Here are a few Sabals
In person, The Sabal Palm in the first photo furthest to the right, was actually a VERY tinted Blue color, while the two Sabal closest to me, were the usual colors.
Photo 2 is the VERY Tinted Blue Sabal I mentioned.
Photo 3 is photo of a Original Sabal (Right side) and on the left hand Side is a Sabal (Causiarum?) Or maybe just a Hybrid?
Photos 4&5 are of the Sabal "Hybrid" Look at how HUGE the frond is, to my hand, and the Palm is ONLY about 3.5ft Total Trunk height. Pretty interesting and impressive to me!
What type of Phoenix palm is this? I was thinking a hybrid between a Rupicola and Dactylifera.
London's resident palm video guy, RH Grows, recently uploaded a video of a strange palm at Lincoln Inn Fields in central London.
I'm not sure whether this is a regular CIDP, or some kind of CIDP hybrid? At first glance, it kind of looks like a Butia, but it's clearly a Phoenix of some sort. It almost looks like a Butia x CIDP hybrid, which is obviously impossible. The fronds and crown kind of have that Butia look, but it's clearly a Phoenix of some sort. Almost certainly CIDP, or hybridised with something like Dacty, Sylvestris, Rupicola etc.
One thing to mention is that the palm is also grown in deep shade, which I believe could effect the frond size/length, but that would not explain the strange crown and slim trunk. Something just seems very different about it. For all I know it could just be a regular CIDP though. I don't know what other people think it is...?
I have several hundred Open Pollinated ripe uncleaned seeds from several specimens of this hybrid Zamia for sale. Z. loddigesii comes from the Atlantic side of Mexico and is threatened by habitat loss. Z. pumila is the only native North American cycad and is known as "coontie". I received the mother plants in a compot of seedlings from a Palm Beach Palm and Cycad sale some years back. I also have picked up a number of other Zamia species over the years, so while I know what the mothers are, the fathers could be a number of species/hybrids. See details below:
Zamia (loddigesii x pumila) x Zamia ???? OP Uncleaned Seeds: 25 @ $10.00 for the lot
50 @ $15.00 for the lot
For greater quantities: ask for quote
Shipping = $6.00 for up to 100 seeds. If more seeds, ask.
No shipping outside the US. No shipping to HI
Payment via Paypal. PM me if interested
Several of the palms in my garden came from an expedition to find and study different Brahea species in Northern Mexico.
The trip started in Calexico, California side attempting to sleep in my van with 103 degrees at midnight. The next morning I picked up a Mexican train bound for Los Mochis with buddy Ed Green. Don't ever do this!!! It is hot as hell going across the desert on a slow train with no air conditioning. They serve cold drinks in the daytime and when the air conditioner finally comes on at night they rent you blankets!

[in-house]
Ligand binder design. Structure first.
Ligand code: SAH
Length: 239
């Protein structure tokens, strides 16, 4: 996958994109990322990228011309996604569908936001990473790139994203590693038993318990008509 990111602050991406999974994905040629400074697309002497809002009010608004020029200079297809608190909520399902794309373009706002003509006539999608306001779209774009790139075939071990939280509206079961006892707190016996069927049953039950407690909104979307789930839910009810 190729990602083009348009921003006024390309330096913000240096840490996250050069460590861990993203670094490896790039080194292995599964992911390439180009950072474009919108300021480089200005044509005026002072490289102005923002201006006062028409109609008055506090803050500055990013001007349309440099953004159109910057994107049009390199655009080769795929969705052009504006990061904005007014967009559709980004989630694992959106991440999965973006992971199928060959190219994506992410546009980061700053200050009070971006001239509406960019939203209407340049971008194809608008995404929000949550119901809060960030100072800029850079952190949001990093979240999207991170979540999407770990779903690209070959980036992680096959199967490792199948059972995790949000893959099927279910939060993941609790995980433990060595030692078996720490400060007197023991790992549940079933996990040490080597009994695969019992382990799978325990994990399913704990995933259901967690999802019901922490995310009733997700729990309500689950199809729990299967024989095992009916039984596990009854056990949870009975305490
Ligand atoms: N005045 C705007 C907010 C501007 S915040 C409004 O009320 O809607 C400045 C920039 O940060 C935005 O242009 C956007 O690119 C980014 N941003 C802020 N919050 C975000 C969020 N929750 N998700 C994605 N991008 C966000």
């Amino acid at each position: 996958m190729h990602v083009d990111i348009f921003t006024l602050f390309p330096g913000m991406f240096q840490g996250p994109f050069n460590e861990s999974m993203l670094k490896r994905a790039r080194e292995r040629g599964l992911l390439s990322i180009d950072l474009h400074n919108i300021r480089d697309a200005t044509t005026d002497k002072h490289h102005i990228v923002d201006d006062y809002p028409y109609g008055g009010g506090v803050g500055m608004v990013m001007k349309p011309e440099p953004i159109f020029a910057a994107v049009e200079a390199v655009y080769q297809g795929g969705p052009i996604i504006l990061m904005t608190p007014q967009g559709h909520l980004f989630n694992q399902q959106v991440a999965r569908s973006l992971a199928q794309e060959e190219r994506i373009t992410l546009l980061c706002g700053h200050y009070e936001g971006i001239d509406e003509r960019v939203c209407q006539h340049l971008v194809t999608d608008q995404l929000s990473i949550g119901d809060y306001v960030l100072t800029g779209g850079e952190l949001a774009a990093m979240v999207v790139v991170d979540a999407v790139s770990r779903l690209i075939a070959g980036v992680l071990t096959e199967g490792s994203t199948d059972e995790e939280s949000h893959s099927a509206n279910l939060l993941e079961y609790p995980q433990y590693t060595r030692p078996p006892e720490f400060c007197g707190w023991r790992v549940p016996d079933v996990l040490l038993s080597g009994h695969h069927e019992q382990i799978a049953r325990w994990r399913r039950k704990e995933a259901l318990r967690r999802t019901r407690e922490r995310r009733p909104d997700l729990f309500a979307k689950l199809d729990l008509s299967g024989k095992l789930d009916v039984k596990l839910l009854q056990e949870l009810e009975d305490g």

Glad to leave Los Mochis we rented a car and headed north. Somewhere near Alamo (a cute rustic town) we headed out to the hills in search of Brahea elegans. After negotiating a small river in our rental car the locals guided us to our first B. elegans. It looked terribly old (see image). It was growing in the gravel banks of a seasonal creek or wash. The roots were extremely exposed. After a night of good rest we headed north toward a little town (it was barely that) called Nuri. On the way we spotted the tree that I have since called Brahea sp. 'Nuri'. Seeds were collected. After seeing my plants grown from this tree and reflecting on the tree called "Nuri" (see image), I feel that it is simply a more robust form of Brahea aculeata. The trunk was more massive like B. edulis and the inflorescences extended far beyond the crown. No other palms were in this very open desert area. Several miles up the road where the "town" of Nuri was located was an incredible colony of about 20 or so Brahea aculeata (see image). Please note that one of the trees was very blue. All of them had the classic slender trunks and semi-dwarf stature. Seeds were collected then back to the city for our next day adventure finding the Santa Rosa Canyon where Brahea nitida survives. We were very close to the Nogales Arizona boarder and headed back south on a gravel back road for several miles. To the east of the road we finally spotted the canyon (see image). It was a beautiful site with palms growing every where among enormous boulders with trunks up to 40 feet or more. The canyon was extremely difficult to enter trying to climb these enormous rocks. At the time none of the trees were with seed. I was fortunate to find a few seedlings that I quickly put into my water bottle. These babies are still with my garden today. In my opinion Brahea nitida is one of the most beautiful of fan palms. They have no thorns, grow fast and their leaves are round 360+ degrees with a glaucus underside. It is my opinion that Brahea "Super Silver" is nothing but a blue nitida.
One more trip that i would like to mention on this topic was one to Monterey, Mexico where I collected Brahea moorei growing on cliffs near what is called Las Grutas or the caves north of the city of Monterey (see images).